David Armitage is widely acknowledged as one of the most original, exciting and inspirational abstract artists of his generation, writes Jean Clark.
His paintings are housed in private collections and galleries worldwide and Birley Centre visitors can currently see his vibrant, large-scale colourful canvases in a month-long exhibition.
Phillip King, sculptor and past president of the Royal Academy, who has long admired David’s work, said the most recent paintings reveal an astonishing new development and level of sophistication.
“It’s as if he has suddenly found a new voice. Having been unjustly ignored by the London art establishment for many year, perhaps they will now sit up and take notice.
“If you believe, as the Chinese do, that you can’t be a really good painter until you are 60, then David Armitage has truly come of age.”
Inspired by his early life in Tasmania and the Pacific Ocean, David’s A Decade of Colour paintings reflect a kaleidoscopic range of preoccupations and fascinations: haunting music of Anton Bruckner and Sibelius; dark ambiguity of prayer flags and shrines; ethereal beauty of Monet’s water garden at Giverny. All different subjects, yet all overwhelmingly about one thing - colour.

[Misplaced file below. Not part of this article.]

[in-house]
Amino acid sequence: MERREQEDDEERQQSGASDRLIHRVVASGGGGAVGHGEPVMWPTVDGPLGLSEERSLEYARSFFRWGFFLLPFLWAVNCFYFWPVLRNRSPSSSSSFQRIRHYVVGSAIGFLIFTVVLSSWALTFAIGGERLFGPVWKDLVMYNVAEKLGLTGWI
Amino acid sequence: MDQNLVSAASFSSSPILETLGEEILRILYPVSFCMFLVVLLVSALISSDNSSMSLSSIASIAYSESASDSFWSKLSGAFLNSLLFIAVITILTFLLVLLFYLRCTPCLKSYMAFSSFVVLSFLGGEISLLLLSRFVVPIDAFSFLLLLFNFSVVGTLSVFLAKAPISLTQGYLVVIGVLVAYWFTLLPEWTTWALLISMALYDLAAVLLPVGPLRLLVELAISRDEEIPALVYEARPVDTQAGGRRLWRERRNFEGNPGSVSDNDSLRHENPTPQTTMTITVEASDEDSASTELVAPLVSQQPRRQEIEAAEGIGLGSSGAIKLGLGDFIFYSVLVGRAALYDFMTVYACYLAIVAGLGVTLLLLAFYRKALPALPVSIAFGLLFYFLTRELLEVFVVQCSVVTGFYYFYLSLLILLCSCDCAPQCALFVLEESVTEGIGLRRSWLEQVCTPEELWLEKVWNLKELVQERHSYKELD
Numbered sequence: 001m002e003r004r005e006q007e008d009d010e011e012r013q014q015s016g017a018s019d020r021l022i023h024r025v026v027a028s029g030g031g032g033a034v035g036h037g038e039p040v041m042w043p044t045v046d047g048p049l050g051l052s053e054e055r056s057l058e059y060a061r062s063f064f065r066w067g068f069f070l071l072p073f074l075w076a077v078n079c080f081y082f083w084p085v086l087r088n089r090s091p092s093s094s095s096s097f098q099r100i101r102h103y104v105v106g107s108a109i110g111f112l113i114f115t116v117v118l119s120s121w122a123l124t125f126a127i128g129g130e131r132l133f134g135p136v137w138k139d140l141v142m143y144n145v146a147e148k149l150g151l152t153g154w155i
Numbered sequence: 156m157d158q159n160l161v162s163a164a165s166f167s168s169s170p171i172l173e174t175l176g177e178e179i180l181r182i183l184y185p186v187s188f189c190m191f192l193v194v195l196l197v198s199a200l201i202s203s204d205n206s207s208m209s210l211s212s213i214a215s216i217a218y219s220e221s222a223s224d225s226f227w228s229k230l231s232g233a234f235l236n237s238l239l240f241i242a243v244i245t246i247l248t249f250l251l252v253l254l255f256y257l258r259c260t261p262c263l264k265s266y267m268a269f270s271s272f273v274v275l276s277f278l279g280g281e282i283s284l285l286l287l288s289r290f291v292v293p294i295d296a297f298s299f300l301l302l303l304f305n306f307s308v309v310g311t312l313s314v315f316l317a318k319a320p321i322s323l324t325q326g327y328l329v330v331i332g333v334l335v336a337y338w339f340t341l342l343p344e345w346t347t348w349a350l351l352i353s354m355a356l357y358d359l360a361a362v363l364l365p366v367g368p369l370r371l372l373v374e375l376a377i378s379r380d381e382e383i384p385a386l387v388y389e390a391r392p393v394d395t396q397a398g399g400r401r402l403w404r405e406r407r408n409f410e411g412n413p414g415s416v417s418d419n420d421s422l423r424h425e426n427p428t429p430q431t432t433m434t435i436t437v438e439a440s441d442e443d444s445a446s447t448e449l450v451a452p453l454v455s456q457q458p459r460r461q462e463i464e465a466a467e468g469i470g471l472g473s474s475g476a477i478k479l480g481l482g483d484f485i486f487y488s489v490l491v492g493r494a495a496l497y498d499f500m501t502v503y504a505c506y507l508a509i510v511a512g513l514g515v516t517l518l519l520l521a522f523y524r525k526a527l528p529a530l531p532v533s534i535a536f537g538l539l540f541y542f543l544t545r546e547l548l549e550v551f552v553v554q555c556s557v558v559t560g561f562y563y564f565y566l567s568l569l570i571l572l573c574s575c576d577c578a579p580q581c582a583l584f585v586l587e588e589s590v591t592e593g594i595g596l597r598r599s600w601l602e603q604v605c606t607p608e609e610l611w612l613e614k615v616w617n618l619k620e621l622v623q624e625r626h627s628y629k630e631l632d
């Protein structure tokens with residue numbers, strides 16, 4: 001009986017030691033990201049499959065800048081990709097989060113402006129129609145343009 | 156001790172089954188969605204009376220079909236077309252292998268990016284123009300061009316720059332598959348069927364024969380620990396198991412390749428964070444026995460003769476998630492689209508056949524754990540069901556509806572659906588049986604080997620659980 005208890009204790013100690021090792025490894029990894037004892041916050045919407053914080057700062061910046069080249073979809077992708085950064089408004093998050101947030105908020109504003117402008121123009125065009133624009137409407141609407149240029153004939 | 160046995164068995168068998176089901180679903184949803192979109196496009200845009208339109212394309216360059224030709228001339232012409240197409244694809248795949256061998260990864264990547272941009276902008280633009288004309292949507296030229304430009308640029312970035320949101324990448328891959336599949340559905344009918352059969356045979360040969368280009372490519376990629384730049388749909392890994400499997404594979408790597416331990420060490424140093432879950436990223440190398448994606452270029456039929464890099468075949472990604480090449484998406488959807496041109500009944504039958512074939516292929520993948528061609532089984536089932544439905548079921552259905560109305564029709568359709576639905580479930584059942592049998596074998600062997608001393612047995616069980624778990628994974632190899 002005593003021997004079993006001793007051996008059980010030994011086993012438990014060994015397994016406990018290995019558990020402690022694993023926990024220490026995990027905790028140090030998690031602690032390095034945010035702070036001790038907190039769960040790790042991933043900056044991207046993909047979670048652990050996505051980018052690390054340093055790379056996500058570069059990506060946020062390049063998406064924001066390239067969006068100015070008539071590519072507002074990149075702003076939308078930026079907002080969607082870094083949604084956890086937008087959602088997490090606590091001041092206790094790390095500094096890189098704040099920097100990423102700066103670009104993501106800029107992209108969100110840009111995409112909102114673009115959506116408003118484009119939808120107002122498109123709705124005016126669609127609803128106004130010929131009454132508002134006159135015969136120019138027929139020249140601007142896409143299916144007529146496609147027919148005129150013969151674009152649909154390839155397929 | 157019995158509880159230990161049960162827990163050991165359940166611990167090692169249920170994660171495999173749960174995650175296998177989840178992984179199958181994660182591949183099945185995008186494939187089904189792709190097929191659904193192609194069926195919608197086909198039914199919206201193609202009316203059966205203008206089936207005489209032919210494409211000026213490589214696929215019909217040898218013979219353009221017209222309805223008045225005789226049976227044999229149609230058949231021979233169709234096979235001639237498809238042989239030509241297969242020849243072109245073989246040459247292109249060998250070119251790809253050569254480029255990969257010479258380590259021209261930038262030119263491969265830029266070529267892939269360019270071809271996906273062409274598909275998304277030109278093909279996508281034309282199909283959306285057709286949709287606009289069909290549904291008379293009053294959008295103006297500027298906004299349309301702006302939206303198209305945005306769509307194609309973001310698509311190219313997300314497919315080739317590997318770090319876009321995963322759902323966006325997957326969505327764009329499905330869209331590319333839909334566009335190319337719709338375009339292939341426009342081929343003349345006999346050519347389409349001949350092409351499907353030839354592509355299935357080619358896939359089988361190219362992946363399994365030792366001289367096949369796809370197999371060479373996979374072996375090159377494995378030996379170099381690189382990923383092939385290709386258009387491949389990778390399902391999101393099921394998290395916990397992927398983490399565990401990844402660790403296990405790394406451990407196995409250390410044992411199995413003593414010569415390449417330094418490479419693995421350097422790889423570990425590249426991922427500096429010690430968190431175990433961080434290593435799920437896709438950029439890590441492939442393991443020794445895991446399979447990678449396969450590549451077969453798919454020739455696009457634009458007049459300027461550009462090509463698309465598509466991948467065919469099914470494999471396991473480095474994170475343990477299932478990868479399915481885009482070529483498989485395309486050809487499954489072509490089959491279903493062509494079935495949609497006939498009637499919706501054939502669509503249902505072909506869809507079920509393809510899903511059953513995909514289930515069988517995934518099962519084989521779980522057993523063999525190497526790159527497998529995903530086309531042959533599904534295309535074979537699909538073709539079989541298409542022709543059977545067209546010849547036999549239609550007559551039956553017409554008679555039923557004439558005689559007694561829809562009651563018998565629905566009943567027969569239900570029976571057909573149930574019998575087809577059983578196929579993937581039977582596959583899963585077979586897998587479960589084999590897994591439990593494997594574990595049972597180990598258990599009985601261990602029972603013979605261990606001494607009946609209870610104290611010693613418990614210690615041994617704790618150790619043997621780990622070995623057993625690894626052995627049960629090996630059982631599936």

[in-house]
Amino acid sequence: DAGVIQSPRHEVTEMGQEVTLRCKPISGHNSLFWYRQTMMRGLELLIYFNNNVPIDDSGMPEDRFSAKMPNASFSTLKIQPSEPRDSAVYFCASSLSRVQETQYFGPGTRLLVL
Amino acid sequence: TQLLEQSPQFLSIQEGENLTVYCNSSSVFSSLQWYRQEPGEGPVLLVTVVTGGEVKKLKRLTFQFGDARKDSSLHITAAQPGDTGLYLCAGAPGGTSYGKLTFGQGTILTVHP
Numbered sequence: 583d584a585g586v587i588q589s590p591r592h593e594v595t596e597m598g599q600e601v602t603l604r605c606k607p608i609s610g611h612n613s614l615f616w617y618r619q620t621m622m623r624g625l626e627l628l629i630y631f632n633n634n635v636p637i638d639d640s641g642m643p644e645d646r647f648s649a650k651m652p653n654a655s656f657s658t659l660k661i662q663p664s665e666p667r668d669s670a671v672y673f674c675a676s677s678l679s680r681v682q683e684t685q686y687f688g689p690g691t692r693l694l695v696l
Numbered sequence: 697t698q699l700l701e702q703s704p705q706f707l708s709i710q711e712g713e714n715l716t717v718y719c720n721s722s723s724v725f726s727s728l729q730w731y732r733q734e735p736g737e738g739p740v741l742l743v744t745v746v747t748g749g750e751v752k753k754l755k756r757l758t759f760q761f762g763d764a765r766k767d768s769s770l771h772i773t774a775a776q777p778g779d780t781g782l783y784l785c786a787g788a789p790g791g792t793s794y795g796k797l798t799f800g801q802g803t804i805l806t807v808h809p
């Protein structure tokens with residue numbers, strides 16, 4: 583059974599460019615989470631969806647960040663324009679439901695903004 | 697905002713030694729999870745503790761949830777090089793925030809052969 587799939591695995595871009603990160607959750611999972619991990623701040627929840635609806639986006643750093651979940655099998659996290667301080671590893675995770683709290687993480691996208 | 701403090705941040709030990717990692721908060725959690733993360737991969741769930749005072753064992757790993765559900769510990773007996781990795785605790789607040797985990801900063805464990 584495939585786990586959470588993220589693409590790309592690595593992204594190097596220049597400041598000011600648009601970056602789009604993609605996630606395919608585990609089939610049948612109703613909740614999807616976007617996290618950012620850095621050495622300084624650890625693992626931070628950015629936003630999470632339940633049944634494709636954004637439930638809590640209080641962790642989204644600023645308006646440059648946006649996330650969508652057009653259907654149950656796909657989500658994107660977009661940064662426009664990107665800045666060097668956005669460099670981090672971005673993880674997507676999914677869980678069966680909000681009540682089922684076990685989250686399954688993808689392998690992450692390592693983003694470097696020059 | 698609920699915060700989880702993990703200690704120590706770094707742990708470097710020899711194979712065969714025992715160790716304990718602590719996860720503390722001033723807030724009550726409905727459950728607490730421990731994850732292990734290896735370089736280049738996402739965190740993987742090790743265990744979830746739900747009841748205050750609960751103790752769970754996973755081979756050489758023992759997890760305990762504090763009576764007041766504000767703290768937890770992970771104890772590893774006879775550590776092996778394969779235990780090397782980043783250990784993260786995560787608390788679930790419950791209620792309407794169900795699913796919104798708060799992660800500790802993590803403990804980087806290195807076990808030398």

His will also display a selection of illustrations - he and his wife Ronda collaborated on the series of Lighthouse Keeper children’s books – drawings and smaller, still-life paintings and prints.
David Armitage - A Decade of Colour, Birley Centre, Carlise Road, BN21 4EF, Saturdays/Sundays until April 26, 10am-4pm; also Good Friday and Bank Holiday Monday. Free admission.